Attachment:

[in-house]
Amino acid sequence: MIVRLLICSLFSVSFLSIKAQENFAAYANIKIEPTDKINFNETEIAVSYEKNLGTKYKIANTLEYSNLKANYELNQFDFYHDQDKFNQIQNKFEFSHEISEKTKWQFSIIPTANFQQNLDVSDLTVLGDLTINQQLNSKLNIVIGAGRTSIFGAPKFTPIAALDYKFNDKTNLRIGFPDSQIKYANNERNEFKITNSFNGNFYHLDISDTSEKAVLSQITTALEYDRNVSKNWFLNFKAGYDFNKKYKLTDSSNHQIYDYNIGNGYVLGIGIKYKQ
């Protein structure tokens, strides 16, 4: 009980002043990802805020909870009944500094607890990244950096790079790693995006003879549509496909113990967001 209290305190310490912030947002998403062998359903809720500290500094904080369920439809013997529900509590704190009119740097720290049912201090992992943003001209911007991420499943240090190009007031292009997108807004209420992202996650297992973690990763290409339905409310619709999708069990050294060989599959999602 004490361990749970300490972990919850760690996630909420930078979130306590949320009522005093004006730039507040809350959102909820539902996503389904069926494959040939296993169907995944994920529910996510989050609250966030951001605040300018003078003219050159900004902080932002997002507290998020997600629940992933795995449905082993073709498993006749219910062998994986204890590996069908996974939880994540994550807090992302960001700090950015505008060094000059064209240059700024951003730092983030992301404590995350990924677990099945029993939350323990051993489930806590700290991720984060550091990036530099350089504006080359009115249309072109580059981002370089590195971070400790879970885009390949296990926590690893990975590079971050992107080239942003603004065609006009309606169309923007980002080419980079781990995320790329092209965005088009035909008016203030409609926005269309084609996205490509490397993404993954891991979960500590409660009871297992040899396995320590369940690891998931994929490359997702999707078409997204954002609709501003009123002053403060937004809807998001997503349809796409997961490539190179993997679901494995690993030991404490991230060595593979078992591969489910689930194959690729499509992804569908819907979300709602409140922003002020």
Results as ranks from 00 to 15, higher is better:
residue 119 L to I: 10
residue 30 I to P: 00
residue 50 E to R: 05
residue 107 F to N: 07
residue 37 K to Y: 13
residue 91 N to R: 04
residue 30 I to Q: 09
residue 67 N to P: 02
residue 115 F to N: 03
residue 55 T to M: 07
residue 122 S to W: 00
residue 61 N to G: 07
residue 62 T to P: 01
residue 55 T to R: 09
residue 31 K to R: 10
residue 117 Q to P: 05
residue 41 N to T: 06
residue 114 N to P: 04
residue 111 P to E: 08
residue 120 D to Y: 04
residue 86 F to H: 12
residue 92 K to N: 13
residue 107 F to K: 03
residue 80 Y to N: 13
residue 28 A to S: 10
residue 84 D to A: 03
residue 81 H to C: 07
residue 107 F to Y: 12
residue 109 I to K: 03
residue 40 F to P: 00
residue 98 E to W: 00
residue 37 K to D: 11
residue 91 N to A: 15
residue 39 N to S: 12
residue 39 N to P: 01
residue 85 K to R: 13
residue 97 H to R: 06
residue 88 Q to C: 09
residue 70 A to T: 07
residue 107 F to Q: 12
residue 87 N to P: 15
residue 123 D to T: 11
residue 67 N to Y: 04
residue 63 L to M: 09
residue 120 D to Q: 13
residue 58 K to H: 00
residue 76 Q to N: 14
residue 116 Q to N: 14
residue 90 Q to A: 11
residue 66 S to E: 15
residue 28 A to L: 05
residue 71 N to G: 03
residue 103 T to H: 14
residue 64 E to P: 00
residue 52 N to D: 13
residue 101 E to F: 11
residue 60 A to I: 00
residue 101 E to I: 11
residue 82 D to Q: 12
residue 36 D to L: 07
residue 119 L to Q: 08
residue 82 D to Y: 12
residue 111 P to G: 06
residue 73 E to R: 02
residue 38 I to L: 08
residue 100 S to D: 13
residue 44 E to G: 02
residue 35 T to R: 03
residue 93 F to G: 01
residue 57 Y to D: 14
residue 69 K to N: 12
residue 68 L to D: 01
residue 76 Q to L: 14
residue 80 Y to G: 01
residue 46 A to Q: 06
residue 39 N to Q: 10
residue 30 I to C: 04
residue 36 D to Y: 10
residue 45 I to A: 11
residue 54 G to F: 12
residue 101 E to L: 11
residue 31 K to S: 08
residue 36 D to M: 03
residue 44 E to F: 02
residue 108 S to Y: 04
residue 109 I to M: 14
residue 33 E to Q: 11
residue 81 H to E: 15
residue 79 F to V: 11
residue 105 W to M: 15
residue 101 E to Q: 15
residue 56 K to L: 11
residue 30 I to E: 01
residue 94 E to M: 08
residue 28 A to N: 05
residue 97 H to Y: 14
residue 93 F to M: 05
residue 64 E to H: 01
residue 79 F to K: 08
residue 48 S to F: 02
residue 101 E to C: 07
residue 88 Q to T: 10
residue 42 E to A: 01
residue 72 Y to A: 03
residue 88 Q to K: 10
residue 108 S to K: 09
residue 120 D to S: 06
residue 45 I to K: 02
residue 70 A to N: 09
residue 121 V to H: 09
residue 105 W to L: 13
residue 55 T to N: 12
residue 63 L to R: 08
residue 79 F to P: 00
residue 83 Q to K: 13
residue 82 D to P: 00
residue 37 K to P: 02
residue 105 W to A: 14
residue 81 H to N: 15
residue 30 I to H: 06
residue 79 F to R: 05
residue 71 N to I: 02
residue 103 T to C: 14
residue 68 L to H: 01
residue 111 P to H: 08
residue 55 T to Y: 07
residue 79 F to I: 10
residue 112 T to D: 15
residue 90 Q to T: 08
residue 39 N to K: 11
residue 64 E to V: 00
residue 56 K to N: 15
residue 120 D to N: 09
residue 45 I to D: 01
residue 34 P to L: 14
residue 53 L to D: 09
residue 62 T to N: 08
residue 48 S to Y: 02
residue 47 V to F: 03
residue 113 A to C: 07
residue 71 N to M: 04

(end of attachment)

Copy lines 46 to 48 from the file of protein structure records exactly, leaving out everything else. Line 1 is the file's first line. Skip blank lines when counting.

residue 123 D to T: 11
residue 67 N to Y: 04
residue 63 L to M: 09